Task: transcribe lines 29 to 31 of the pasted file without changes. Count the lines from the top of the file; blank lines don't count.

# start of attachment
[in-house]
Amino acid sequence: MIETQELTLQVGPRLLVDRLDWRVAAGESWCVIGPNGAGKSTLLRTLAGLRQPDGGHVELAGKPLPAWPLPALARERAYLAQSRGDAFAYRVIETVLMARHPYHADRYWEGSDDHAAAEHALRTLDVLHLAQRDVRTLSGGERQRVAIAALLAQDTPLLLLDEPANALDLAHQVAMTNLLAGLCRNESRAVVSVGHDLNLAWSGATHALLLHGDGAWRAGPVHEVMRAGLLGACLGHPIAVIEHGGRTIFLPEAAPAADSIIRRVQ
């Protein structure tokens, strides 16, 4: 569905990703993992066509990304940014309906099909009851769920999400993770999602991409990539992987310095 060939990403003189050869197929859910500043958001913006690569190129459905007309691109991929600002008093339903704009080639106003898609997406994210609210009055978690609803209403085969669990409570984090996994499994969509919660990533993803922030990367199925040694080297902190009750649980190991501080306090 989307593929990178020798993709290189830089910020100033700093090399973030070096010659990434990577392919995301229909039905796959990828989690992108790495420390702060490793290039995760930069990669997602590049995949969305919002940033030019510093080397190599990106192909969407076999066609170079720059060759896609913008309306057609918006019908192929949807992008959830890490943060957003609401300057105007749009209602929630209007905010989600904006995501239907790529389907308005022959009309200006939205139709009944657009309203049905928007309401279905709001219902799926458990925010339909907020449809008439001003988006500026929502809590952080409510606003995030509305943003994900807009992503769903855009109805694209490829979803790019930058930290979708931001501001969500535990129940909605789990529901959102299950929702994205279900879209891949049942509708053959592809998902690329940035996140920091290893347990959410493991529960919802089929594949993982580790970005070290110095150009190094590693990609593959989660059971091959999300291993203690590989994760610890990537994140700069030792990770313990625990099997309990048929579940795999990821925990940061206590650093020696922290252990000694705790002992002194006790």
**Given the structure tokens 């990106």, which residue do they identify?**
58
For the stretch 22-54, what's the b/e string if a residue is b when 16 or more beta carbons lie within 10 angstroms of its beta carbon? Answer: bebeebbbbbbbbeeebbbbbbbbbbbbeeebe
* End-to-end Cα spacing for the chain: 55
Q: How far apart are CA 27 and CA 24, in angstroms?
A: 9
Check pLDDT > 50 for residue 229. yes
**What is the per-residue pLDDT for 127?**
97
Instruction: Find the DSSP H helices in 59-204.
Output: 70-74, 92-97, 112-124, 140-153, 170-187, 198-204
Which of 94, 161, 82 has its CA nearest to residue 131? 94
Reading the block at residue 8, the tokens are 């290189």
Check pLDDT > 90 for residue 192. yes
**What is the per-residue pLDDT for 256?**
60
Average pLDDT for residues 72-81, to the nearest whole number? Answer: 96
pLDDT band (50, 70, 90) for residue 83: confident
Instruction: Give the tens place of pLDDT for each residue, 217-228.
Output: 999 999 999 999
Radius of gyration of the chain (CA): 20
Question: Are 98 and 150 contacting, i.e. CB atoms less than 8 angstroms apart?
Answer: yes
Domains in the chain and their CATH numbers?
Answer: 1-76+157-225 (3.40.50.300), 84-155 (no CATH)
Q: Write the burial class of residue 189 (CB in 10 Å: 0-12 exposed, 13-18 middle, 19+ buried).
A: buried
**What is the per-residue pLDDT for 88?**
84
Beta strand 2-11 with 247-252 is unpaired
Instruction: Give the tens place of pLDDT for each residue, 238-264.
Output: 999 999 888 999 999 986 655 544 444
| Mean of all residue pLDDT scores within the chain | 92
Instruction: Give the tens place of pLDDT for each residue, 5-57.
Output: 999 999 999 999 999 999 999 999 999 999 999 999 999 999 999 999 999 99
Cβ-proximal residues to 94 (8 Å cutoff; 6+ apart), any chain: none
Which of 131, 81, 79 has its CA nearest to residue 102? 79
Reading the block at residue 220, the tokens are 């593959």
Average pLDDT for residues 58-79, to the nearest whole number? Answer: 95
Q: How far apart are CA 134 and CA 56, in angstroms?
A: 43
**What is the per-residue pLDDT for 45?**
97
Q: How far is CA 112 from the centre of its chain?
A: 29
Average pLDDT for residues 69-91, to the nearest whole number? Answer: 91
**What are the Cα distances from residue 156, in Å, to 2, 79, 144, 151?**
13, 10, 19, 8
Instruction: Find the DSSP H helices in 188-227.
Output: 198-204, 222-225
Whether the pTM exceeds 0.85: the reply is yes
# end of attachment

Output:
Q: Write the burial class of residue 189 (CB in 10 Å: 0-12 exposed, 13-18 middle, 19+ buried).
A: buried
**What is the per-residue pLDDT for 88?**